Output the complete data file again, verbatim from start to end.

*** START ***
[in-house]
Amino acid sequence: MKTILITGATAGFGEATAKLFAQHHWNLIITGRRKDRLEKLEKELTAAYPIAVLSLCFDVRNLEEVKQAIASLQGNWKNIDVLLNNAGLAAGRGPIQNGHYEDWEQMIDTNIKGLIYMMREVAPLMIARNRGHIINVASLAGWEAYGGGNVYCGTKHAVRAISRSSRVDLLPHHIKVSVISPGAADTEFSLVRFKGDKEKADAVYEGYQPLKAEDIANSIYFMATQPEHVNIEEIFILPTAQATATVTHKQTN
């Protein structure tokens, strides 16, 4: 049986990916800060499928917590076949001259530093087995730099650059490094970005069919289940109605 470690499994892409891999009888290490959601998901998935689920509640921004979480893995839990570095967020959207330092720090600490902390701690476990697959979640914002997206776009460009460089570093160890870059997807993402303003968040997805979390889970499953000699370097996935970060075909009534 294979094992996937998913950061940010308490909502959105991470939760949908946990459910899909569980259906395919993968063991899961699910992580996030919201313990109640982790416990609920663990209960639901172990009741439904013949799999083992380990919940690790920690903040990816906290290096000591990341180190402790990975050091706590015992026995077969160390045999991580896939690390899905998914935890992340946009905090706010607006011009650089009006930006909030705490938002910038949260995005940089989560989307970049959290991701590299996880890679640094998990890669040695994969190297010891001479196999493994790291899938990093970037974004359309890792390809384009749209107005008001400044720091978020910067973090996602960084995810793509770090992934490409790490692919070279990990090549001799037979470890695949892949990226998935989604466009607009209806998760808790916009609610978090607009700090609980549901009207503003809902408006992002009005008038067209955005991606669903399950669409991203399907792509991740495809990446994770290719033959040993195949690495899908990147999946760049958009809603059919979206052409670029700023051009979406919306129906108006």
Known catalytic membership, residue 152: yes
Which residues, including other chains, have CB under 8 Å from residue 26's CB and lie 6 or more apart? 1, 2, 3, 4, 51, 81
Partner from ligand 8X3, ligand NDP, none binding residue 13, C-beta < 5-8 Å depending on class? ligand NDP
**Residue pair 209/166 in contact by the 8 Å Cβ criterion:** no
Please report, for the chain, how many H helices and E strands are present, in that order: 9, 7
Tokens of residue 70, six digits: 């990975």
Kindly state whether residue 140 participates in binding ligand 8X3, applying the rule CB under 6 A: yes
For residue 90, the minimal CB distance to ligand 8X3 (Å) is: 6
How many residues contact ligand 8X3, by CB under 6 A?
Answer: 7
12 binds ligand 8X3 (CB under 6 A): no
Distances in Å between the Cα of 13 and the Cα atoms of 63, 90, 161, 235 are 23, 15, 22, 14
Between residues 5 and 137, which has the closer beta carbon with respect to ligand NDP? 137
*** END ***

[in-house]
Amino acid sequence: MKTILITGATAGFGEATAKLFAQHHWNLIITGRRKDRLEKLEKELTAAYPIAVLSLCFDVRNLEEVKQAIASLQGNWKNIDVLLNNAGLAAGRGPIQNGHYEDWEQMIDTNIKGLIYMMREVAPLMIARNRGHIINVASLAGWEAYGGGNVYCGTKHAVRAISRSSRVDLLPHHIKVSVISPGAADTEFSLVRFKGDKEKADAVYEGYQPLKAEDIANSIYFMATQPEHVNIEEIFILPTAQATATVTHKQTN
């Protein structure tokens, strides 16, 4: 049986990916800060499928917590076949001259530093087995730099650059490094970005069919289940109605 470690499994892409891999009888290490959601998901998935689920509640921004979480893995839990570095967020959207330092720090600490902390701690476990697959979640914002997206776009460009460089570093160890870059997807993402303003968040997805979390889970499953000699370097996935970060075909009534 294979094992996937998913950061940010308490909502959105991470939760949908946990459910899909569980259906395919993968063991899961699910992580996030919201313990109640982790416990609920663990209960639901172990009741439904013949799999083992380990919940690790920690903040990816906290290096000591990341180190402790990975050091706590015992026995077969160390045999991580896939690390899905998914935890992340946009905090706010607006011009650089009006930006909030705490938002910038949260995005940089989560989307970049959290991701590299996880890679640094998990890669040695994969190297010891001479196999493994790291899938990093970037974004359309890792390809384009749209107005008001400044720091978020910067973090996602960084995810793509770090992934490409790490692919070279990990090549001799037979470890695949892949990226998935989604466009607009209806998760808790916009609610978090607009700090609980549901009207503003809902408006992002009005008038067209955005991606669903399950669409991203399907792509991740495809990446994770290719033959040993195949690495899908990147999946760049958009809603059919979206052409670029700023051009979406919306129906108006």
Known catalytic membership, residue 152: yes
Which residues, including other chains, have CB under 8 Å from residue 26's CB and lie 6 or more apart? 1, 2, 3, 4, 51, 81
Partner from ligand 8X3, ligand NDP, none binding residue 13, C-beta < 5-8 Å depending on class? ligand NDP
**Residue pair 209/166 in contact by the 8 Å Cβ criterion:** no
Please report, for the chain, how many H helices and E strands are present, in that order: 9, 7
Tokens of residue 70, six digits: 């990975």
Kindly state whether residue 140 participates in binding ligand 8X3, applying the rule CB under 6 A: yes
For residue 90, the minimal CB distance to ligand 8X3 (Å) is: 6
How many residues contact ligand 8X3, by CB under 6 A?
Answer: 7
12 binds ligand 8X3 (CB under 6 A): no
Distances in Å between the Cα of 13 and the Cα atoms of 63, 90, 161, 235 are 23, 15, 22, 14
Between residues 5 and 137, which has the closer beta carbon with respect to ligand NDP? 137